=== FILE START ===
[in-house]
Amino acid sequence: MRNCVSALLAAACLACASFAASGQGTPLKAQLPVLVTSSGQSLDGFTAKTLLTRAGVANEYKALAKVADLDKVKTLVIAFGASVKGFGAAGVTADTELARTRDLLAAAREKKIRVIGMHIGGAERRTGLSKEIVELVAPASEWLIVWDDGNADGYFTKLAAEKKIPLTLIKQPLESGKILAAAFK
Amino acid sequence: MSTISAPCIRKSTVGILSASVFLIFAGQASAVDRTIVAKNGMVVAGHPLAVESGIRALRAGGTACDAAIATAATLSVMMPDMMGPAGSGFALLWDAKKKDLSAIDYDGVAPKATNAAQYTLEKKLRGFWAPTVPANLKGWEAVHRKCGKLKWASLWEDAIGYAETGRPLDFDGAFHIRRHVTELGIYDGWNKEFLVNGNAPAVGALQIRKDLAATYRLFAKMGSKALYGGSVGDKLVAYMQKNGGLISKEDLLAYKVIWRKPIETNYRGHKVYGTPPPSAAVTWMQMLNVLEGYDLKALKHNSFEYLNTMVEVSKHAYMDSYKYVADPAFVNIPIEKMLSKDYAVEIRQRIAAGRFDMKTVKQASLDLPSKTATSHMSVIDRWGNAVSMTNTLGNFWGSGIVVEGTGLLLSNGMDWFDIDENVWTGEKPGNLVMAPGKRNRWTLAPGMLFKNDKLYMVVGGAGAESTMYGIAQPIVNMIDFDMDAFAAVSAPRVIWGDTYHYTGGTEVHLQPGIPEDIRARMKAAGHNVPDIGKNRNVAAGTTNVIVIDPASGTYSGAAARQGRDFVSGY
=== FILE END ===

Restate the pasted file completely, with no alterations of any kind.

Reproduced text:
[in-house]
Amino acid sequence: MRNCVSALLAAACLACASFAASGQGTPLKAQLPVLVTSSGQSLDGFTAKTLLTRAGVANEYKALAKVADLDKVKTLVIAFGASVKGFGAAGVTADTELARTRDLLAAAREKKIRVIGMHIGGAERRTGLSKEIVELVAPASEWLIVWDDGNADGYFTKLAAEKKIPLTLIKQPLESGKILAAAFK
Amino acid sequence: MSTISAPCIRKSTVGILSASVFLIFAGQASAVDRTIVAKNGMVVAGHPLAVESGIRALRAGGTACDAAIATAATLSVMMPDMMGPAGSGFALLWDAKKKDLSAIDYDGVAPKATNAAQYTLEKKLRGFWAPTVPANLKGWEAVHRKCGKLKWASLWEDAIGYAETGRPLDFDGAFHIRRHVTELGIYDGWNKEFLVNGNAPAVGALQIRKDLAATYRLFAKMGSKALYGGSVGDKLVAYMQKNGGLISKEDLLAYKVIWRKPIETNYRGHKVYGTPPPSAAVTWMQMLNVLEGYDLKALKHNSFEYLNTMVEVSKHAYMDSYKYVADPAFVNIPIEKMLSKDYAVEIRQRIAAGRFDMKTVKQASLDLPSKTATSHMSVIDRWGNAVSMTNTLGNFWGSGIVVEGTGLLLSNGMDWFDIDENVWTGEKPGNLVMAPGKRNRWTLAPGMLFKNDKLYMVVGGAGAESTMYGIAQPIVNMIDFDMDAFAAVSAPRVIWGDTYHYTGGTEVHLQPGIPEDIRARMKAAGHNVPDIGKNRNVAAGTTNVIVIDPASGTYSGAAARQGRDFVSGY